Every month, the Cato Institute has an online symposium on an important public policy issue. This month, the focus is on copyright law, and they’re kicking things off with a fascinating piece by copyright activist Rasmus Fleischer arguing that technological progress will make it impossible for the state to prevent people from sharing copyrighted works:
Record industry lobbyists smell the danger, and now they are urging governments to criminalize [stream ripping]. On their orders the so-called PERFORM Act (”Platform Equality and Remedies for Rights Holders in Music Act”) was introduced in the U.S. Senate last year.  The proposed law would force every Internet radio station to encrypt the transmission of file information, such as the name of the song. Yet anything visible on the screen can still be easily obtained by special software, encryption notwithstanding, and such restrictions would therefore be ridiculously easy to circumvent. Thus the PERFORM Act includes a follow-up clause banning the distribution of this class of software.
People with some programming skills, however, won’t need to do much more than combining a few readily available and otherwise perfectly legal code libraries to compile their own streamripping tool, one that would circumvent the PERFORM Act. For regulations like these to be effective, it is necessary also to censor the sharing of skills that potentially can be useful for coding illegal software. The circle of prohibition grows still larger: Acoustic fingerprinting technologies, which have nothing copyright-infringing to them, but which can be used for the same feared identification of individual tracks, must probably also be restricted.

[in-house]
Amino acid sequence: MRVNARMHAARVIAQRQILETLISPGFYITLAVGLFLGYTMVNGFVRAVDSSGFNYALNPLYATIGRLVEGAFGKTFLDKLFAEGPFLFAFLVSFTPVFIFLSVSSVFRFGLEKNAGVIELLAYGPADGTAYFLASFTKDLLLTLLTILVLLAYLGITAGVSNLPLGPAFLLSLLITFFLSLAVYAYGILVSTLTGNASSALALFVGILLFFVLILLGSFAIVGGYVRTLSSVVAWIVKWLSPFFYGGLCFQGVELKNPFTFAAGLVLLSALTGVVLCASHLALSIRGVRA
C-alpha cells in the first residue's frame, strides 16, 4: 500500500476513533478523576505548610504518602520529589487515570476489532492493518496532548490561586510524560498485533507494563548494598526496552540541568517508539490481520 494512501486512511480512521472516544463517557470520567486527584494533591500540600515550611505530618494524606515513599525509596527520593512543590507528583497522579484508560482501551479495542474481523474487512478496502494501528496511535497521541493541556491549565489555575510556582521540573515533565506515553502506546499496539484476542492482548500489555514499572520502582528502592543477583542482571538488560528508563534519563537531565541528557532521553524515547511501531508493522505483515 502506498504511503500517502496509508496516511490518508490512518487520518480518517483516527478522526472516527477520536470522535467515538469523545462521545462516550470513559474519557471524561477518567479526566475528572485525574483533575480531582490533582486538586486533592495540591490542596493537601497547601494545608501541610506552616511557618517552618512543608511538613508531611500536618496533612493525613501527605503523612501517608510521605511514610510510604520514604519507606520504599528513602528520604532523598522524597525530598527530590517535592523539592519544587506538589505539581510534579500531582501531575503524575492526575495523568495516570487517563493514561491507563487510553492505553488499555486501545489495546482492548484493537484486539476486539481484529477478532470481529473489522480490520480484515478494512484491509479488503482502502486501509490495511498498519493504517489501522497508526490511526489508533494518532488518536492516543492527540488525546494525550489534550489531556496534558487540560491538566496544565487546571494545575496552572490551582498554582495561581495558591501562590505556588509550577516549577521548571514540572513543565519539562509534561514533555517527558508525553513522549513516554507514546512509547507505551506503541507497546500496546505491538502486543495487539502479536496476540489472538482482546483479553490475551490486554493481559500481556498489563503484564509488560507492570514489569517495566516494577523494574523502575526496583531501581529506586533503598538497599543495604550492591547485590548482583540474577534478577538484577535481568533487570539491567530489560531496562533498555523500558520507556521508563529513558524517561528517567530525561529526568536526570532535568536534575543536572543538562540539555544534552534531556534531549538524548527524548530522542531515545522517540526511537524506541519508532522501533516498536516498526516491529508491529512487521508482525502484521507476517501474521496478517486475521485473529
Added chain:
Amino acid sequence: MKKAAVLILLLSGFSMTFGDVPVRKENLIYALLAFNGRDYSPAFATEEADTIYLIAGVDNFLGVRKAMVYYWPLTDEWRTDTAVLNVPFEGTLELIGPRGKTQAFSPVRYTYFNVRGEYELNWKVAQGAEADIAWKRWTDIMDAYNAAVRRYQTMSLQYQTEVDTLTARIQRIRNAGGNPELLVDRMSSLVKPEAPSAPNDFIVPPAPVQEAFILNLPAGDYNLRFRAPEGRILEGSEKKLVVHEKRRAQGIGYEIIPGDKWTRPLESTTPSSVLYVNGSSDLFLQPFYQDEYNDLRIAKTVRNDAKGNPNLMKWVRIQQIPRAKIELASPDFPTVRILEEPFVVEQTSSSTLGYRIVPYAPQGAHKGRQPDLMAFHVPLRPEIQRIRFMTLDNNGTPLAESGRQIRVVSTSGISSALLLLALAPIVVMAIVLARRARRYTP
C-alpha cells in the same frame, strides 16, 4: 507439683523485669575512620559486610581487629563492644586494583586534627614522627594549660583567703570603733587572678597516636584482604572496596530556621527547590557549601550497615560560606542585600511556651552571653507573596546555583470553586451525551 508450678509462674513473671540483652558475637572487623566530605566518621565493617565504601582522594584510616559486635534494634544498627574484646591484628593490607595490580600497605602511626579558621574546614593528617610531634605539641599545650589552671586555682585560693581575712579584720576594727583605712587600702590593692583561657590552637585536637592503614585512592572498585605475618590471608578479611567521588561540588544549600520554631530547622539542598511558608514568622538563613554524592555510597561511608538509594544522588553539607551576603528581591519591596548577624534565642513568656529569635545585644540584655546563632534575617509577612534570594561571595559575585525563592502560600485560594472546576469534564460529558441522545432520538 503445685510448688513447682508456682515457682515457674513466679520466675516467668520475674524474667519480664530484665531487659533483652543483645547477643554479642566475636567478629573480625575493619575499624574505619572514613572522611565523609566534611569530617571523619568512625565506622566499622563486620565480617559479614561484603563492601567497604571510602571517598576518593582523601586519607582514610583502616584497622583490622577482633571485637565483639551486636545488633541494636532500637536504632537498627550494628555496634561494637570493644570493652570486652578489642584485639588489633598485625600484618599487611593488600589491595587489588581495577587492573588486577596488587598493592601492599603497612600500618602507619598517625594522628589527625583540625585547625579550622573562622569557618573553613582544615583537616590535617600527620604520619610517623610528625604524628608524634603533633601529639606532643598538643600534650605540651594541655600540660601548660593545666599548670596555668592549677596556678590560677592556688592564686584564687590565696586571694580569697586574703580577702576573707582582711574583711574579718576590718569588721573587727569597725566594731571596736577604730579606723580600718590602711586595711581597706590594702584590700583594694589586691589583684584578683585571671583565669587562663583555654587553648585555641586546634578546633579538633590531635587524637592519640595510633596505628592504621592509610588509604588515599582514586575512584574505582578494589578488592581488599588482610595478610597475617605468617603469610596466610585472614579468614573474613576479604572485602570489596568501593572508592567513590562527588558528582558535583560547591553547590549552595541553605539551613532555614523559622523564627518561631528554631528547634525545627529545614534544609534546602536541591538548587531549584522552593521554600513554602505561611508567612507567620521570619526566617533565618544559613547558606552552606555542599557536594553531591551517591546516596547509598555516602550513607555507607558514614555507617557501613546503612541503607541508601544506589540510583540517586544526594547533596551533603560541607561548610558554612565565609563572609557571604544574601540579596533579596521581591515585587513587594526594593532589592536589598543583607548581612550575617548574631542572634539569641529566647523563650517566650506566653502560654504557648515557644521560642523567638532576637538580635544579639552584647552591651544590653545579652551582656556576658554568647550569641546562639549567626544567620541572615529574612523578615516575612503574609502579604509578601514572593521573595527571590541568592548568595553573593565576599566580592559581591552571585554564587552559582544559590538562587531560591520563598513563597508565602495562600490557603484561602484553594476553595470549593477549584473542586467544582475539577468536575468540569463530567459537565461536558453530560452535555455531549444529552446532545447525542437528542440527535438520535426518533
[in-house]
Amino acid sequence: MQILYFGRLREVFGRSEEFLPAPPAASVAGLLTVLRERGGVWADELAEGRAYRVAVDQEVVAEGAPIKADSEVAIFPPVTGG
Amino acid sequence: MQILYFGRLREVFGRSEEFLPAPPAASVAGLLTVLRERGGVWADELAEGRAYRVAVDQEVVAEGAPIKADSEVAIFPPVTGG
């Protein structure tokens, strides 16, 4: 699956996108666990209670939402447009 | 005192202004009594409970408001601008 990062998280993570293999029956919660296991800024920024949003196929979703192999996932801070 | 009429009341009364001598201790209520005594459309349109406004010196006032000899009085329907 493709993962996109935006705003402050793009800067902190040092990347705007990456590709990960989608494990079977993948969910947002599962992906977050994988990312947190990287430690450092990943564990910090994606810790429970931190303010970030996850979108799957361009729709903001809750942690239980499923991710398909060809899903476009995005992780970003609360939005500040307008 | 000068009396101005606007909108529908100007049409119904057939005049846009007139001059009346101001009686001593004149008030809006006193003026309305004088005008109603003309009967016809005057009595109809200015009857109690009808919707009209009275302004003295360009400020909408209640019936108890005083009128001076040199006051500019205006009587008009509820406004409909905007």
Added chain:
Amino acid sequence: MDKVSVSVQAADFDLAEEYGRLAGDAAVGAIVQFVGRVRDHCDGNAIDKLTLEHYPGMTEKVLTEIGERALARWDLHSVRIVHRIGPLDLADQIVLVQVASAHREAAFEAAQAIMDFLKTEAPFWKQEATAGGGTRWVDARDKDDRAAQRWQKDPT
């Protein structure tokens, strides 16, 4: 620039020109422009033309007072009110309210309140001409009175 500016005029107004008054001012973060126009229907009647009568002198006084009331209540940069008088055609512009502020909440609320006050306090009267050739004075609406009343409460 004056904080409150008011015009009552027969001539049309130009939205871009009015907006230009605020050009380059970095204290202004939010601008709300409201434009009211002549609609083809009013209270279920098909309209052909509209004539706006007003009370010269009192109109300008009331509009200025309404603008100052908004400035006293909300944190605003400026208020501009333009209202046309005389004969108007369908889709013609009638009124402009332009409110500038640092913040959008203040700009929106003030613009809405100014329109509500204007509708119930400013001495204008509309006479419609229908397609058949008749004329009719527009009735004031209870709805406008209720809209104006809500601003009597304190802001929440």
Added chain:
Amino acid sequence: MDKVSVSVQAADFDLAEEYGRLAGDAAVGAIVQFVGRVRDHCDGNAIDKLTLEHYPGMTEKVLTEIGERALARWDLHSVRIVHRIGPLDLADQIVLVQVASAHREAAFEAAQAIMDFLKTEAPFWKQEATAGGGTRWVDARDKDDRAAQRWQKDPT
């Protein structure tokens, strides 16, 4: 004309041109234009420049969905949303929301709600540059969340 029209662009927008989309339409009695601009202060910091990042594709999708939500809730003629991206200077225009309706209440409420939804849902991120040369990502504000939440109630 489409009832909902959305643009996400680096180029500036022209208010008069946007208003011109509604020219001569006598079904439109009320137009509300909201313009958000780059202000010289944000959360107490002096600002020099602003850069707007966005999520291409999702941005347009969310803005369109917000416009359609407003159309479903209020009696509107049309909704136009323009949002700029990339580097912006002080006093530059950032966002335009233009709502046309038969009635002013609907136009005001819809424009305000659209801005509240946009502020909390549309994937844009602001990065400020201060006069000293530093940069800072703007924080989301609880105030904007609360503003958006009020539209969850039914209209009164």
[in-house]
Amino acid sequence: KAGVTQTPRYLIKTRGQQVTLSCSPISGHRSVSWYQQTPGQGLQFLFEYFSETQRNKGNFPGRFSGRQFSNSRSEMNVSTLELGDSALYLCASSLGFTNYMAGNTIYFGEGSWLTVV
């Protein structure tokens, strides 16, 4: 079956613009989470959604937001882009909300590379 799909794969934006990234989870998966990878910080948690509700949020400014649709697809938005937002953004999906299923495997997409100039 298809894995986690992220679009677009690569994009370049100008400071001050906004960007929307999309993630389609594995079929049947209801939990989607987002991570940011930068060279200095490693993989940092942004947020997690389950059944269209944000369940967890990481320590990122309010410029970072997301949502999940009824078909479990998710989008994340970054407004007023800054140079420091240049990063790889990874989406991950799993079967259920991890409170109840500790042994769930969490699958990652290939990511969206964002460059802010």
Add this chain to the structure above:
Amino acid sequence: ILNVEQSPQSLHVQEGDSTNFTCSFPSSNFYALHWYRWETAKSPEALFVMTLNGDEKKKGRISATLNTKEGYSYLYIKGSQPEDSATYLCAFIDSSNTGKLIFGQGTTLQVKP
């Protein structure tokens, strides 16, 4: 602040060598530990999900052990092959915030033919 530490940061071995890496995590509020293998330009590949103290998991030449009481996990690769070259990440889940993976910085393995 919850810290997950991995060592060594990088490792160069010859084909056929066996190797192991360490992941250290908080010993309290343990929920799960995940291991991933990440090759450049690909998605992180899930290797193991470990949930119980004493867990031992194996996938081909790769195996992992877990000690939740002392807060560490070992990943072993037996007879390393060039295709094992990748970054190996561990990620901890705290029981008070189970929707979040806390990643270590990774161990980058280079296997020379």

This domino effect captures the essence of copyright maximalism: Every broken regulation brings a cry for at least one new regulation even more sweepingly worded than the last. Copyright law in the 21st century tends to be less concerned about concrete cases of infringement, and more about criminalizing entire technologies because of their potential uses. This development undermines the freedom of choice that Creative Commons licenses are meant to realize. It will also have seriously chilling effects on innovation, as the legal status of new technologies will always be uncertain under ever more invasive rules.
Tomorrow I’ll be offering my reaction to Rasmus’s essay. I don’t want to steal my own thunder, but in a nutshell, my take is that Rasmus is basically right to predict that copyright will grow increasingly difficult to enforce as technology continues to reduce the cost of storing and transmitting information. However, I think it’s a mistake to view this as the end of copyright. Even if the war on file sharing is hopeless, copyright can and should adapt to continue serving its essential function, which is not to stop all copying, but rather to reward the creation of creative works. Watch the site tomorrow to see my suggestions for how copyright law can adapt to the stresses placed on it by digital technologies.